An additional indication of plan responsiveness to concerns of purchasers, consumers, and providers has been changes in the way in which health plans are managing medical care. Some of these changes have meant abandonment or reductions in the intensity of certain techniques. A number of plans discontinued primary care gatekeeping and permitted members to have direct access to specialists47. Others have reduced or eliminated pre-service authorization of admissions or selected medical procedures to reduce some of the intrusiveness these techniques have represented to providers, and to reduce their own administrative expenses which typically have resulted in relatively few denials48. A third area of activity has been the actual delegation of utilization management responsibility to risk-bearing provider entities, as discussed earlier, which then may determine if they wish to maintain, modify, or discontinue the conventional pre-service and concurrent review methods.
Plans have also adopted new approaches to care management at the same time as they phased out traditional ones. Disease/disease state management programs have come into widespread use for a number of chronic diseases including asthma, diabetes, and congestive heart failure49. These programs reflect a broad set of strategies to identify members with certain conditions, provide educational interventions with both patients and physicians, promote compliance and earlier detection of emergent problems, and systematically measure changes in outcomes. Plans are making investments in information technology to support care and disease management, and to bolster profiling and provider feedback programs that are used to monitor performance as authorization programs are discontinued.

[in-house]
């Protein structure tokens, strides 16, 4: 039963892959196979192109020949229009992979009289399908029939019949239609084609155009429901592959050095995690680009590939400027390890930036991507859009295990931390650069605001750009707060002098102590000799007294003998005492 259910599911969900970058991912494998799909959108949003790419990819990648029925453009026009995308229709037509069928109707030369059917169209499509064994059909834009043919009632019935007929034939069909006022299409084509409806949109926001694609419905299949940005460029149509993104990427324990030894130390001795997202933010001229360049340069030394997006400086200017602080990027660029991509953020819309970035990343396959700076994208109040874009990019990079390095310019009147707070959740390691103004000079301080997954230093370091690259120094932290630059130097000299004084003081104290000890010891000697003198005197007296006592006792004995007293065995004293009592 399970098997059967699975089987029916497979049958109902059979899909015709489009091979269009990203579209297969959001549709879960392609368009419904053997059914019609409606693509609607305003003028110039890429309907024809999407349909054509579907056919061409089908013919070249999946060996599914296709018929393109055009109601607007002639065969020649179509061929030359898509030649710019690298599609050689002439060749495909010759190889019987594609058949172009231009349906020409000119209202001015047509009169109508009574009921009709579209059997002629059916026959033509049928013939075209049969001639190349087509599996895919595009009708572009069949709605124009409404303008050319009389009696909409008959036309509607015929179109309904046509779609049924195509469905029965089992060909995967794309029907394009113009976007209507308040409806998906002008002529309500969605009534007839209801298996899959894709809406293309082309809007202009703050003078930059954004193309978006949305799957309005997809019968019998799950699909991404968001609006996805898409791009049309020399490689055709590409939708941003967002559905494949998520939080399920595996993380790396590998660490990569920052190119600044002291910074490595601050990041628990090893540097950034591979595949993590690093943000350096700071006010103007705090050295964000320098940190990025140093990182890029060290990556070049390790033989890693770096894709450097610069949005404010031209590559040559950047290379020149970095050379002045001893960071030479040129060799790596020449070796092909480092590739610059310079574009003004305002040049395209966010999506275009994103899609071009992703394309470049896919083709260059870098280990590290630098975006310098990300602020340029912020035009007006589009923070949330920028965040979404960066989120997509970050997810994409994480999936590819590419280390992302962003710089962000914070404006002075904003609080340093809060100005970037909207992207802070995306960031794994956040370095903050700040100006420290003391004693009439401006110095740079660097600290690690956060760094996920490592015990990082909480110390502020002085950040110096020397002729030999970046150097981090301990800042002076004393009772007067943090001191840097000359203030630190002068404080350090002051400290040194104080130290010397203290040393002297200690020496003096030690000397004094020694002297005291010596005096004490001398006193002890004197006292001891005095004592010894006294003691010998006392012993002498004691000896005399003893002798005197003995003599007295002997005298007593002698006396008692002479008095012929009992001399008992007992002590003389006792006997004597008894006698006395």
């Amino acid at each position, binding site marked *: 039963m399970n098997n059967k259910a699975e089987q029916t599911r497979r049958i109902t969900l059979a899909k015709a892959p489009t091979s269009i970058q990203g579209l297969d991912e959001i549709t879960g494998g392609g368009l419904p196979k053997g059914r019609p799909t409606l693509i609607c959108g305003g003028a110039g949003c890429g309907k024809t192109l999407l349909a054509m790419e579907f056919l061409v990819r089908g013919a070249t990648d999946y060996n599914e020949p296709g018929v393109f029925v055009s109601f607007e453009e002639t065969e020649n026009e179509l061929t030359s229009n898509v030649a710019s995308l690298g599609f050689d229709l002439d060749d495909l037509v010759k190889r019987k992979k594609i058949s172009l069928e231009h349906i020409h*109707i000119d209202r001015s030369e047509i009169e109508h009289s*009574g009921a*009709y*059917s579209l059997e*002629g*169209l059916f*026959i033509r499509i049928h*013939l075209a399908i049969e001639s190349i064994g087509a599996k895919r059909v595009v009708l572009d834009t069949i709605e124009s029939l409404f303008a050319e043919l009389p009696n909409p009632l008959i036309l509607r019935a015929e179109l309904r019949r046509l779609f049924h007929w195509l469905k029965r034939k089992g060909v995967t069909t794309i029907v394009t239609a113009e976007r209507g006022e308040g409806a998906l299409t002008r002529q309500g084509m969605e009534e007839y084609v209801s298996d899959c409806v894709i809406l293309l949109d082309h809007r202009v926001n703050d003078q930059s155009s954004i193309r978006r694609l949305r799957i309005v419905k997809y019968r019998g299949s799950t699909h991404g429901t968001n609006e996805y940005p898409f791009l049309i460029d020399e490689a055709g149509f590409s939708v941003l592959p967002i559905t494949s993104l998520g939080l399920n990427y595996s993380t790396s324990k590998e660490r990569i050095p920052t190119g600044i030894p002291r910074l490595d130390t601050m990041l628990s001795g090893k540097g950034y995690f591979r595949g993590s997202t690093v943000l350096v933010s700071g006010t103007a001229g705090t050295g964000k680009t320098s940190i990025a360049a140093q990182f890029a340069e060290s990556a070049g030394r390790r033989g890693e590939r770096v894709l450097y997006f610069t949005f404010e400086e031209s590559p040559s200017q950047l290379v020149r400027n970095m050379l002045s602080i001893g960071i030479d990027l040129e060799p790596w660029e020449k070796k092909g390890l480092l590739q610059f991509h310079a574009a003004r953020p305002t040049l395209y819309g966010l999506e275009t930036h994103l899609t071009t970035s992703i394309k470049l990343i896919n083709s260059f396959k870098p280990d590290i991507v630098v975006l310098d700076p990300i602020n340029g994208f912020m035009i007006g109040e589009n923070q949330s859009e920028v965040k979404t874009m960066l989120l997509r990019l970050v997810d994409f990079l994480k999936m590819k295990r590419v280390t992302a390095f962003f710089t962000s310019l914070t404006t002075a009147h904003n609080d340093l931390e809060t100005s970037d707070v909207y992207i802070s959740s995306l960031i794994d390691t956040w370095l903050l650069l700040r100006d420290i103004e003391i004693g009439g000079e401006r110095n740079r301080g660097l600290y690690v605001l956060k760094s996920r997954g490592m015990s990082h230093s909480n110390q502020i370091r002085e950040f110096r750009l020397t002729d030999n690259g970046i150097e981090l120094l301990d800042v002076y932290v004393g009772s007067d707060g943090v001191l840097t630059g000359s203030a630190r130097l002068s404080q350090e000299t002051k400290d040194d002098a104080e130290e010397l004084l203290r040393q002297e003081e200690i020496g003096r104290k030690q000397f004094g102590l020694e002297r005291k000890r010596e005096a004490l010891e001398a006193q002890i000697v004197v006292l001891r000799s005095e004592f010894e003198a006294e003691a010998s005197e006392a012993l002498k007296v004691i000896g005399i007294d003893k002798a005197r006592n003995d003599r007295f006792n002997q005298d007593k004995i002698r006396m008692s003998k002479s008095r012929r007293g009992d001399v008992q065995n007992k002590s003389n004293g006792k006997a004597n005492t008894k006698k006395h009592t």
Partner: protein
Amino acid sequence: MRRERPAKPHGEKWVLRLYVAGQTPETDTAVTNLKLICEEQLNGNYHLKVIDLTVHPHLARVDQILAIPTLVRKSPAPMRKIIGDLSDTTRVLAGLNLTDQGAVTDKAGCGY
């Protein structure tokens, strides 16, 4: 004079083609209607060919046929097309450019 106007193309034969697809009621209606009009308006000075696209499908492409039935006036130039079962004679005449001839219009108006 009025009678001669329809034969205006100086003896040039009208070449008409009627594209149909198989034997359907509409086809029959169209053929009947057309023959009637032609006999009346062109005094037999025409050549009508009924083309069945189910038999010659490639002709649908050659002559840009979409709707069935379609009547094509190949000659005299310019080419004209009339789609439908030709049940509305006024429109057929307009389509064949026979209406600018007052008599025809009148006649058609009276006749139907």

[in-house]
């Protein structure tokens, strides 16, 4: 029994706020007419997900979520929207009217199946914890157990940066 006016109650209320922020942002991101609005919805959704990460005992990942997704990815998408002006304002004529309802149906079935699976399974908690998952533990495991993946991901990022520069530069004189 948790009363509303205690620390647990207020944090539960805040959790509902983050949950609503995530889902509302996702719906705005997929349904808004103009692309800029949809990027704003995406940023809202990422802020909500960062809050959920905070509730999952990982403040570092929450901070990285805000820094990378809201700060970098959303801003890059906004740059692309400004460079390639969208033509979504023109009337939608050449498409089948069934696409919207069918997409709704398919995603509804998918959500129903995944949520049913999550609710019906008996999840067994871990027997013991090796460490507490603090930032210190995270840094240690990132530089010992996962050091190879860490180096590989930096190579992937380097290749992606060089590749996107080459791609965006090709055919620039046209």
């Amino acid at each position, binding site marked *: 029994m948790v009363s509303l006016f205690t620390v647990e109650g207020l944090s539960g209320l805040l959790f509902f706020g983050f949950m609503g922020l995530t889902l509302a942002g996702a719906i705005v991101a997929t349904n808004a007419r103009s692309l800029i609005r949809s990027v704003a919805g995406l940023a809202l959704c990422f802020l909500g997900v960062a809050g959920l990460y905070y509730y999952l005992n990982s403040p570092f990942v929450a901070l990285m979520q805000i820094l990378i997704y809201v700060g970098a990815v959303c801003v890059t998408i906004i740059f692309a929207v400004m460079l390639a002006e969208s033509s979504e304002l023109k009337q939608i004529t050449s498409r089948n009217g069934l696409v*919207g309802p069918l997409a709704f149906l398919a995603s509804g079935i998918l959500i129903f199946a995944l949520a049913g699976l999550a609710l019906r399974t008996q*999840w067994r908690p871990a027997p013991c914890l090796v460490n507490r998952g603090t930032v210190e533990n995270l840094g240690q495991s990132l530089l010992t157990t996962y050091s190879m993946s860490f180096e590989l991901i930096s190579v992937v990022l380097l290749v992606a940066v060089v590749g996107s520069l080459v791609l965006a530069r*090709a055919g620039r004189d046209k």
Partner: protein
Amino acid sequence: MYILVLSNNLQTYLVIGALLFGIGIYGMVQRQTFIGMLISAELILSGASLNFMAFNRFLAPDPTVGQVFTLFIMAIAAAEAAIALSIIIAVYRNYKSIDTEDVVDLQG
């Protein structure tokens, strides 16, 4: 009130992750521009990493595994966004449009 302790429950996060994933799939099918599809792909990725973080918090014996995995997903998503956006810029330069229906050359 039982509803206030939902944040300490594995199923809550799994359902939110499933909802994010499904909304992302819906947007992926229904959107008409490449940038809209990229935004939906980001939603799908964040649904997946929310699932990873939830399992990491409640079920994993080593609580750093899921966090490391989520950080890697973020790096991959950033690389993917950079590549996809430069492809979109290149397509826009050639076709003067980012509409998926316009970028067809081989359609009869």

Figure 9. Pct Increase in Rx Spending v. Total Health Care Spending
One area where plans are becoming more, rather than less, restrictive is in management of pharmacy benefits. With prescription drug prices rising at 15 to 20 percent per year as shown in Figure 9, plans have turned to a variety of methods to try to slow this rate. Among the most rapidly growing techniques are those that impose additional cost sharing on members that will provoke them to use generic substitutes, rather than brand names. In some instances, plans are using three tier co-payments while in other cases they use proportional co-payment or coinsurance, that encourage members and their physicians to select the least costly clinically equivalent product50. As noted below, the current challenges represented by rising pharmaceutical costs is emblematic of intensifying pressures on plans to contain emergent technologies.
- D. Conrad, S, Koos, A. Harney, M. Haase, “Physician Practice Management Organizations: Their Prospects andPerformance, Medical Care Research and Review, 56(3):307-339.
- L. McNamara, “Healthcare Market Overview: Orange County, California, January 2000,” GartnerGroup RAS Services, 2000.
- T. Snail and J. Robinson, “Organization Diversification in the American Hospital,” Annual Review of Public Health , 19:417-453, 1998.
- J. Magel, “Consolidation in the Health Care Sector,” Journal of Health Care Finance, 25(3):22-27.